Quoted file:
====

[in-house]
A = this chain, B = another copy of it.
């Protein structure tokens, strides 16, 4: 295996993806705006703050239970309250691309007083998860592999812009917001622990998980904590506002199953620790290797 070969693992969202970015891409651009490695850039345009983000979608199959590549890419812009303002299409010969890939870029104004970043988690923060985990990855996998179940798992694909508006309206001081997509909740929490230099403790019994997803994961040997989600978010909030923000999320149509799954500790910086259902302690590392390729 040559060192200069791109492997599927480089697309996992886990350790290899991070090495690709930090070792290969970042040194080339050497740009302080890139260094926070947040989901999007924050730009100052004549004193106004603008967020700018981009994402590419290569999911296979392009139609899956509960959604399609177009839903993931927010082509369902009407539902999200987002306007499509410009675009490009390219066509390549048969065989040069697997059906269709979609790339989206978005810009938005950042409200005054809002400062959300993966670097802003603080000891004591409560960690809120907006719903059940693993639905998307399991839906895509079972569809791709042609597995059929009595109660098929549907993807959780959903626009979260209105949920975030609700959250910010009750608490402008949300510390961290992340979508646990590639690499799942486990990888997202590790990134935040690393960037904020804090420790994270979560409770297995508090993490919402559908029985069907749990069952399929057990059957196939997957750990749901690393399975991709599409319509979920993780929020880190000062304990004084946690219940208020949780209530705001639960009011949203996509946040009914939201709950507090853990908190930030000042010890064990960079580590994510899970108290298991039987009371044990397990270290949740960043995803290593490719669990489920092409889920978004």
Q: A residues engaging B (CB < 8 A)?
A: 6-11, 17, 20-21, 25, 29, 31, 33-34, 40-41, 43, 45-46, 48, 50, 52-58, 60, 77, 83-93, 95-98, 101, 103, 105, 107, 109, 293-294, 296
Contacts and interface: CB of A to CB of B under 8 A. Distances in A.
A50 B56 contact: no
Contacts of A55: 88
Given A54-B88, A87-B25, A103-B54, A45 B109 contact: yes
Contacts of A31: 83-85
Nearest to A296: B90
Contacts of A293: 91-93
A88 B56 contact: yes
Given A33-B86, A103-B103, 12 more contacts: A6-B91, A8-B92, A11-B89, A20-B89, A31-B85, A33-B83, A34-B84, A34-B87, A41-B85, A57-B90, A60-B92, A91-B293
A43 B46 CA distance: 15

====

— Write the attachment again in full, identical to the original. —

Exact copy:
[in-house]
A = this chain, B = another copy of it.
């Protein structure tokens, strides 16, 4: 295996993806705006703050239970309250691309007083998860592999812009917001622990998980904590506002199953620790290797 070969693992969202970015891409651009490695850039345009983000979608199959590549890419812009303002299409010969890939870029104004970043988690923060985990990855996998179940798992694909508006309206001081997509909740929490230099403790019994997803994961040997989600978010909030923000999320149509799954500790910086259902302690590392390729 040559060192200069791109492997599927480089697309996992886990350790290899991070090495690709930090070792290969970042040194080339050497740009302080890139260094926070947040989901999007924050730009100052004549004193106004603008967020700018981009994402590419290569999911296979392009139609899956509960959604399609177009839903993931927010082509369902009407539902999200987002306007499509410009675009490009390219066509390549048969065989040069697997059906269709979609790339989206978005810009938005950042409200005054809002400062959300993966670097802003603080000891004591409560960690809120907006719903059940693993639905998307399991839906895509079972569809791709042609597995059929009595109660098929549907993807959780959903626009979260209105949920975030609700959250910010009750608490402008949300510390961290992340979508646990590639690499799942486990990888997202590790990134935040690393960037904020804090420790994270979560409770297995508090993490919402559908029985069907749990069952399929057990059957196939997957750990749901690393399975991709599409319509979920993780929020880190000062304990004084946690219940208020949780209530705001639960009011949203996509946040009914939201709950507090853990908190930030000042010890064990960079580590994510899970108290298991039987009371044990397990270290949740960043995803290593490719669990489920092409889920978004």
Q: A residues engaging B (CB < 8 A)?
A: 6-11, 17, 20-21, 25, 29, 31, 33-34, 40-41, 43, 45-46, 48, 50, 52-58, 60, 77, 83-93, 95-98, 101, 103, 105, 107, 109, 293-294, 296
Contacts and interface: CB of A to CB of B under 8 A. Distances in A.
A50 B56 contact: no
Contacts of A55: 88
Given A54-B88, A87-B25, A103-B54, A45 B109 contact: yes
Contacts of A31: 83-85
Nearest to A296: B90
Contacts of A293: 91-93
A88 B56 contact: yes
Given A33-B86, A103-B103, 12 more contacts: A6-B91, A8-B92, A11-B89, A20-B89, A31-B85, A33-B83, A34-B84, A34-B87, A41-B85, A57-B90, A60-B92, A91-B293
A43 B46 CA distance: 15